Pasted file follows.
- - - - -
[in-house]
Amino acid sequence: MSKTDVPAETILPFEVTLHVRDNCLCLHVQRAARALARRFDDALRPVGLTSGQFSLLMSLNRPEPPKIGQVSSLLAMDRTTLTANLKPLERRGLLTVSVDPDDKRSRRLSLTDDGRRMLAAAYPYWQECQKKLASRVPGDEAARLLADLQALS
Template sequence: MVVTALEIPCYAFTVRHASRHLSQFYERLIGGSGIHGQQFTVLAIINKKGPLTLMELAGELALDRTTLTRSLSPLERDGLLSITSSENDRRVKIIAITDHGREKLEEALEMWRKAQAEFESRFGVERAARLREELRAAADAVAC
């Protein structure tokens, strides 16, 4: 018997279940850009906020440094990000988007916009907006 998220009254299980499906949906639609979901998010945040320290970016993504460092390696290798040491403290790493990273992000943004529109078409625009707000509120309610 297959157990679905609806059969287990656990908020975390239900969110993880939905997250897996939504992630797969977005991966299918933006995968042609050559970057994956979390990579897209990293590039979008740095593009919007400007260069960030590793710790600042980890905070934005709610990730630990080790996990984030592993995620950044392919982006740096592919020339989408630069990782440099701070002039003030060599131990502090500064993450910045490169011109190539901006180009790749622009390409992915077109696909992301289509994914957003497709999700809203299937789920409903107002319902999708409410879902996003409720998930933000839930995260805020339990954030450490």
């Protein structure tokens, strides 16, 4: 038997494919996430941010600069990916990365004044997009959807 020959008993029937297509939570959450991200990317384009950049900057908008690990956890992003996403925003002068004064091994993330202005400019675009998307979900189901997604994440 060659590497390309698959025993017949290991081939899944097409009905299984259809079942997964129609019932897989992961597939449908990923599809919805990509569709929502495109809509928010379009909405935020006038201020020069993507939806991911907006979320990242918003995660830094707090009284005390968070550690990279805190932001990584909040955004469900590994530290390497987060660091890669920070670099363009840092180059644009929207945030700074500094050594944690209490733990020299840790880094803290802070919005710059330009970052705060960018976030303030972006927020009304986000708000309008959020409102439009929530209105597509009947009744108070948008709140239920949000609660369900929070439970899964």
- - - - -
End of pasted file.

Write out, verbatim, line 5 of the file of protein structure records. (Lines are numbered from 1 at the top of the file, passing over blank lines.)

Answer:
């Protein structure tokens, strides 16, 4: 038997494919996430941010600069990916990365004044997009959807 020959008993029937297509939570959450991200990317384009950049900057908008690990956890992003996403925003002068004064091994993330202005400019675009998307979900189901997604994440 060659590497390309698959025993017949290991081939899944097409009905299984259809079942997964129609019932897989992961597939449908990923599809919805990509569709929502495109809509928010379009909405935020006038201020020069993507939806991911907006979320990242918003995660830094707090009284005390968070550690990279805190932001990584909040955004469900590994530290390497987060660091890669920070670099363009840092180059644009929207945030700074500094050594944690209490733990020299840790880094803290802070919005710059330009970052705060960018976030303030972006927020009304986000708000309008959020409102439009929530209105597509009947009744108070948008709140239920949000609660369900929070439970899964």